Is Holiday Pay Mandatory In Your State?
Is Holiday Pay Mandatory In Your State?

Is Holiday Pay Mandatory In Your State?

The FLSA Only Requires Employers to Pay for Time Worked

Unlike most of the European Union, the United States has no federal law requiring private companies to pay for national holiday time off (by law, all employees in the EU also get a minimum of 28 paid vacation days). The Fair Labor Standards Act (FLSA) requires an employer to pay its employees only for time worked. This means that if an employee takes the day off for Christmas, you don’t have to pay them for time not worked.

But Most Employers Offer Paid Holidays

In practice, though, most private sector employers in the US give their employees the day off for national holidays, or they pay them time-and-a-half for working on the day. Some companies also offer a floating holiday, which the employee can take at any time. This time off is considered to be an employee benefit, just like health insurance and free soft drinks in the break room.

Public Employees Play by Different Rules

Public employees—those folks who work for state and federal government—however, play by an entirely different set of rules. They’re mandated to take off for the following holidays with pay:

  • New Year’s Day (January 1)
  • Martin Luther King, Jr. Day (3rd Monday in January)
  • Washington’s Birthday (3rd Monday in February)
  • Memorial Day (last Monday in May)
  • Independence Day (July 4)
  • Labor Day (1st Monday in September)
  • Columbus Day (2nd Monday in October)
  • Veterans Day (November 11)
  • Thanksgiving Day (4th Thursday in November)
  • Christmas Day (December 25)

Do You Own a Business in Massachusetts or Rhode Island?

If so, be advised that these states march to their own drumbeat. Massachusetts and Rhode Island are the only two states in the union that require private companies to offer paid time off for national holidays.

Massachusetts State Holidays

In addition to the above federal holidays observed by public entities, Massachusetts also observes the following dates and requires employers to pay their workers:

  • Evacuation Day (March 17 – Suffolk County Only)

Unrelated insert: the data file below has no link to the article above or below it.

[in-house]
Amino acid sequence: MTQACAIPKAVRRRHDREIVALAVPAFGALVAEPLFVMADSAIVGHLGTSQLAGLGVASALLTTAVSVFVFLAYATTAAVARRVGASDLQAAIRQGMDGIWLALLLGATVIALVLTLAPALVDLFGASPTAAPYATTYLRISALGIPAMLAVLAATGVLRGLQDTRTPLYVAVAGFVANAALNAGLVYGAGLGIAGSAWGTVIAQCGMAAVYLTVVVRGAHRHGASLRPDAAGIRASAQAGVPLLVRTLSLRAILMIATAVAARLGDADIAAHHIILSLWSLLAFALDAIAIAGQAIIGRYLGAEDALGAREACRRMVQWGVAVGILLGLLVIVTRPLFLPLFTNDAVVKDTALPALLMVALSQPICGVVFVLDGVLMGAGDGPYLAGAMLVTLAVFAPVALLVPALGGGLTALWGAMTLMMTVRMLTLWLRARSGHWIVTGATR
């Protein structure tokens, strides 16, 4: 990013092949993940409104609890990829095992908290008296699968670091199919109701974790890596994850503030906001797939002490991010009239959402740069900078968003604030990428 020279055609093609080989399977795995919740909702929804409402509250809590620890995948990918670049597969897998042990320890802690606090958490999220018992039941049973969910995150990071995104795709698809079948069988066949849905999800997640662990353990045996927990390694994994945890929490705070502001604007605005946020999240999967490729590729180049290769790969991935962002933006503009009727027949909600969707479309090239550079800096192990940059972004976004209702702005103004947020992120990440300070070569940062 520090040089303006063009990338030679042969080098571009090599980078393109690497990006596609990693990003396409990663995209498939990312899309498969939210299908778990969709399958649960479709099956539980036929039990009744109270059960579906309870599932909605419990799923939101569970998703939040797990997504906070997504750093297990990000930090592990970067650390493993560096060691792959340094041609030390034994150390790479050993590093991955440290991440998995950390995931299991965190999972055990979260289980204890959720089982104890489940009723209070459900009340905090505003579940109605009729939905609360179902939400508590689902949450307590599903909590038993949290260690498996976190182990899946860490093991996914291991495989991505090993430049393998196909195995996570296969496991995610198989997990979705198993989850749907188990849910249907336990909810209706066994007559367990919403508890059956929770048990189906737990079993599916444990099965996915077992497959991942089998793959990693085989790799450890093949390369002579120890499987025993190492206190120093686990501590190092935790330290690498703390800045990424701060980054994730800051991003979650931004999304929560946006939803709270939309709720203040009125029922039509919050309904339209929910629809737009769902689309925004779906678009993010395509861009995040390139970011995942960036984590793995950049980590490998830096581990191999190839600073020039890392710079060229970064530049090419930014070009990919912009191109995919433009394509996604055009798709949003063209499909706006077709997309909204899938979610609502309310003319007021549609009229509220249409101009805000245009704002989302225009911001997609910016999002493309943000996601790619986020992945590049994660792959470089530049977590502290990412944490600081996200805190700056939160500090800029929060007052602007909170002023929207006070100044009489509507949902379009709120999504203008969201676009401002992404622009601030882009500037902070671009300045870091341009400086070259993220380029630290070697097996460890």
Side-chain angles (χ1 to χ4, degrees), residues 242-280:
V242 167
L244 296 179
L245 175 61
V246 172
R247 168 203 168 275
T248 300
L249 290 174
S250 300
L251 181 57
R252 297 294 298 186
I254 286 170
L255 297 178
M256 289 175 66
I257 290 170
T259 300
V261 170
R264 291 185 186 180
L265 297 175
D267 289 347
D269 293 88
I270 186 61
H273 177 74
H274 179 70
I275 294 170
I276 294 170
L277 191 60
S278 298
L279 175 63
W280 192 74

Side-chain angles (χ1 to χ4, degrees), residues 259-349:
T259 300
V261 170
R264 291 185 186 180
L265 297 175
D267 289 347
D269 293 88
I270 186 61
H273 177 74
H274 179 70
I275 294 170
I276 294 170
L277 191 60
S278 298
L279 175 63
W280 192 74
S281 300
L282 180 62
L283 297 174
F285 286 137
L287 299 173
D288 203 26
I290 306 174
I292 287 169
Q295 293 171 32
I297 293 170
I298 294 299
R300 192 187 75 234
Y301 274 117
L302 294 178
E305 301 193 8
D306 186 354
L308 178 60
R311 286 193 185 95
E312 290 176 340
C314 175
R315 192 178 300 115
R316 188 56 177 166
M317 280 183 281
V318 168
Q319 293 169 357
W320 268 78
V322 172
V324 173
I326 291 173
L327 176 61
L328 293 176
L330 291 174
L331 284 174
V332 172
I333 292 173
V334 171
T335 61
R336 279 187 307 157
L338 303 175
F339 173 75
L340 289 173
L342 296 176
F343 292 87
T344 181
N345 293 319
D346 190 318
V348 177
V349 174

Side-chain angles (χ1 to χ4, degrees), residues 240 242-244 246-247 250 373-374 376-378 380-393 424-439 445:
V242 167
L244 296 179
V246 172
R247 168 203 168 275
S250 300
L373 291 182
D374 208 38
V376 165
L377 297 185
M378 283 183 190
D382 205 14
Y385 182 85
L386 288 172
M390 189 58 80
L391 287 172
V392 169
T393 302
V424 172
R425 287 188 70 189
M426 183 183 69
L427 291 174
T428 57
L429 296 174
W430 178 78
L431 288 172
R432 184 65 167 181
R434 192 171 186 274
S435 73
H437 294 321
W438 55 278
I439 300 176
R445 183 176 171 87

• Patriot’s Day (3rd Monday in April)
  • Bunker Hill Day (June 17 – Suffolk County Only)

Their holiday time off rules fall under Massachusetts’ Blue Laws, and they further break down the paid holidays by retailers, non-retailers and manufacturers.

Retail Rules for Working Holidays

Retail employees can only work on Christmas, Columbus Day (before noon), Thanksgiving and Veteran’s Day (before 1:00 p.m.) if they have a permit from their local police department as well as approval from the state’s Division of Occupational Safety.

They can work without a permit on New Year’s Day, Labor Day, Memorial Day, Columbus Day after noon), Independence Day and Veteran’s Day (after 1:00 p.m.), but they can refuse to work. If they do work, they must be paid time-and-a-half.

They can work on Martin Luther King Day, Patriots’ Day, President’s Day, Bunker Hill Day and Evacuation Day without limitation.

Non-Retail Rules

Non-retail employees, on the other hand, can only work Christmas, Veterans Day (before 1:00 p.m.) Thanksgiving, Columbus Day (before noon), Labor Day, Independence Day and Memorial Day only if they have a permit from the police. If they are working on a holiday, they’re paid their regular rate. They can work without limitation on New Year’s Day, Patriot’s Day, Martin Luther King Day, Bunker Hill Day, President’s Day, Columbus Day (after noon), Evacuation Day and Veterans’ Day (after 1:00 p.m.).

Manufacturing companies generally operate by the same laws as non-retail businesses. They can stay open on holidays with police permits, but their employees can’t be required to work except for under very limited circumstances: The work must be absolutely essential, and the business must require continuous operation (such as a power plant).

Rhode Island State Holidays

Rhode Island’s law is less restrictive than Massachusetts’. It requires private employers to pay employees time-and-a-half for working on Sundays and the following holidays:

  • New Year’s Day
  • Memorial Day
  • Independence Day
  • Victory Day
  • Labor Day
  • Columbus Day
  • Veterans’ Day
  • Thanksgiving Day
  • Christmas Day

The law also permits employees to refuse to work on Sundays and legal holidays. In addition to the holidays above, Rhode Island also recognizes:

  • Rhode Island Independence Day (May 4th)
  • Victory Day (2nd Monday in August)
  • Election Day (1st Tuesday of November)

Sample Content for Employee Handbook

Here’s some sample wording you can use if you’re building an employee handbook and your company offers paid holiday time off.

Regular employees who work 40 hours per week are eligible for holiday pay. Nonexempt employees become eligible after three months of service. Exempt employees are immediately eligible on hire. Temporary or part-time employees are not eligible.

[Company Name] offers the following paid holidays for all of our eligible employees. If a holiday falls on a Saturday, the day off will be taken on Friday. If the holiday falls on a Sunday, the following Monday will be the paid day off.

  • New Year’s Day
  • President’s Day
  • Memorial Day
  • Independence Day
  • Labor Day
  • Thanksgiving Day and Day after Thanksgiving Day
  • Christmas Eve and Christmas Day

How Paycor Helps

Paying employees can be a tricky business, especially when holidays, vacation days and overtime pay are in the picture (e.g., do you have to pay time-and-a-half or double time?). Paycor can help. Unlike many of our competitors, we don’t sell off-the-shelf technology. Instead, we tailor technology, including payroll and employee time and attendance, to your business. Learn more and view a demo today.


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